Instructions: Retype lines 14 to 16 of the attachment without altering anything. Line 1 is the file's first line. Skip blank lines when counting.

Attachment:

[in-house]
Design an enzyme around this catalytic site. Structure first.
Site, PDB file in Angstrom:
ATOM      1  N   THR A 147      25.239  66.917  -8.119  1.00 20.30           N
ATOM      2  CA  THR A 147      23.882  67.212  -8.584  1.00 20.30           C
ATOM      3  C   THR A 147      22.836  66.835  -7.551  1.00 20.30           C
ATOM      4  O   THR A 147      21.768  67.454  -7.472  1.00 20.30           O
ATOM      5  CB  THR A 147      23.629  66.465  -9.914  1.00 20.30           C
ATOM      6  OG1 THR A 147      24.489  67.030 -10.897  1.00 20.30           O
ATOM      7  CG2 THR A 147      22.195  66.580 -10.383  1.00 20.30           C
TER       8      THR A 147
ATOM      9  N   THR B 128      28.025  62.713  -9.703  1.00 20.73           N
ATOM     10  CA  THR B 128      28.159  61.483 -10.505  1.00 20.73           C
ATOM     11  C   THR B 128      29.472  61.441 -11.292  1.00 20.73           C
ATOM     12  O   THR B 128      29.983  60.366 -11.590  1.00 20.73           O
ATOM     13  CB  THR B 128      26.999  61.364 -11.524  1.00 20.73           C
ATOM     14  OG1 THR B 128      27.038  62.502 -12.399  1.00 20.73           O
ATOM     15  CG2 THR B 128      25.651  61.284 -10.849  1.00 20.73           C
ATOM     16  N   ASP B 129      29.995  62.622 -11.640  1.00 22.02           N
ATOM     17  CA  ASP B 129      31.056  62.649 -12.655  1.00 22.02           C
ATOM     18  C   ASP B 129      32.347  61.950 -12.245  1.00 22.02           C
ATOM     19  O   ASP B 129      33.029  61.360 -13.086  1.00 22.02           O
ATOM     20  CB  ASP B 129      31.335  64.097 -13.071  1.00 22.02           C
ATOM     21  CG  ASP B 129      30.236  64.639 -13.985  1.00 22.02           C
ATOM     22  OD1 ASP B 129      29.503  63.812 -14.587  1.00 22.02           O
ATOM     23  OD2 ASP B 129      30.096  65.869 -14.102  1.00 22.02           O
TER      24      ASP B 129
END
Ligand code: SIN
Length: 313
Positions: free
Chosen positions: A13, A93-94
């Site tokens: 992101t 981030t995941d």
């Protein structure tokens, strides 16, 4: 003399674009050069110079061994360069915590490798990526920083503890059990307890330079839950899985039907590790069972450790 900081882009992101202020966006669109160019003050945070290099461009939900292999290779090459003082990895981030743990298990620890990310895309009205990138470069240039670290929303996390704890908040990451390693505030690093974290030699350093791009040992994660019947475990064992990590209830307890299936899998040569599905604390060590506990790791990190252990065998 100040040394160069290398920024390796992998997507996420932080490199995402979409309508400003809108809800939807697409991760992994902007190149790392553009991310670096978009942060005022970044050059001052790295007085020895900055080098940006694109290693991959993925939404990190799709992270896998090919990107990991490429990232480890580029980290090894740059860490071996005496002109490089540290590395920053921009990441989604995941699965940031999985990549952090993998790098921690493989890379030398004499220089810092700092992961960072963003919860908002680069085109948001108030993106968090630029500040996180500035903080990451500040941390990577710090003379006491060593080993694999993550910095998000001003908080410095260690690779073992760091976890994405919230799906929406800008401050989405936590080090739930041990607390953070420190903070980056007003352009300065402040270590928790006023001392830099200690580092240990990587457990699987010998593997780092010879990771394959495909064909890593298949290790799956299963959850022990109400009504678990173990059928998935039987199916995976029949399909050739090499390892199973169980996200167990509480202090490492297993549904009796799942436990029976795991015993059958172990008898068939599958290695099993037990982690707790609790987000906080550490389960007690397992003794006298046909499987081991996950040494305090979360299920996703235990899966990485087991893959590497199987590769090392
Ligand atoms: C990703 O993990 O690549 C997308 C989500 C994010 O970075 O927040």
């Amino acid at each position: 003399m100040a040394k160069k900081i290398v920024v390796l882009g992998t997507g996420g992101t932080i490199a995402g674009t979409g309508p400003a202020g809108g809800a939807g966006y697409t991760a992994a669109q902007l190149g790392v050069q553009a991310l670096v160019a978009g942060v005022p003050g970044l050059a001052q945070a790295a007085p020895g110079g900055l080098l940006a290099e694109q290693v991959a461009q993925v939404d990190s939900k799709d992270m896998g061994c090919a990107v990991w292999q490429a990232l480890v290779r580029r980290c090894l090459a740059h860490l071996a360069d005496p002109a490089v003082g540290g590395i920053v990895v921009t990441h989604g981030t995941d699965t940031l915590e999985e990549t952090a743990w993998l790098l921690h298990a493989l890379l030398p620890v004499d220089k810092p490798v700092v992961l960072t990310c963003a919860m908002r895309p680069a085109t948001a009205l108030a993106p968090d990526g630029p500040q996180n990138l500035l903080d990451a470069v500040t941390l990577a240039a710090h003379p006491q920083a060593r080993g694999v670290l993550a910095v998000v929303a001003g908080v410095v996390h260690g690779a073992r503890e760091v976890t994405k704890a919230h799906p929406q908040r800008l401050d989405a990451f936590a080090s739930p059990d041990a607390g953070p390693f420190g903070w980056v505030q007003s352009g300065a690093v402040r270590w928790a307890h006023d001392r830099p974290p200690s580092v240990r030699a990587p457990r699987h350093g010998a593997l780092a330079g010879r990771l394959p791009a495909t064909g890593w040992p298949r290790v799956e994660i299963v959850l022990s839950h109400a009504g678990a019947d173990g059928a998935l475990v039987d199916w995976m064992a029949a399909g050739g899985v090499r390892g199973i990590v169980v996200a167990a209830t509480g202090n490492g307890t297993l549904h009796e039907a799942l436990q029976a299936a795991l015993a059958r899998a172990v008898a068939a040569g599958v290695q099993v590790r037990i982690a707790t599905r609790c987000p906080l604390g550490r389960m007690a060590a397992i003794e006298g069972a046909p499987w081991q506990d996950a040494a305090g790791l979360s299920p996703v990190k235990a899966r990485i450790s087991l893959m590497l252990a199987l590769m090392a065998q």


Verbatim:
ATOM     11  C   THR B 128      29.472  61.441 -11.292  1.00 20.73           C
ATOM     12  O   THR B 128      29.983  60.366 -11.590  1.00 20.73           O
ATOM     13  CB  THR B 128      26.999  61.364 -11.524  1.00 20.73           C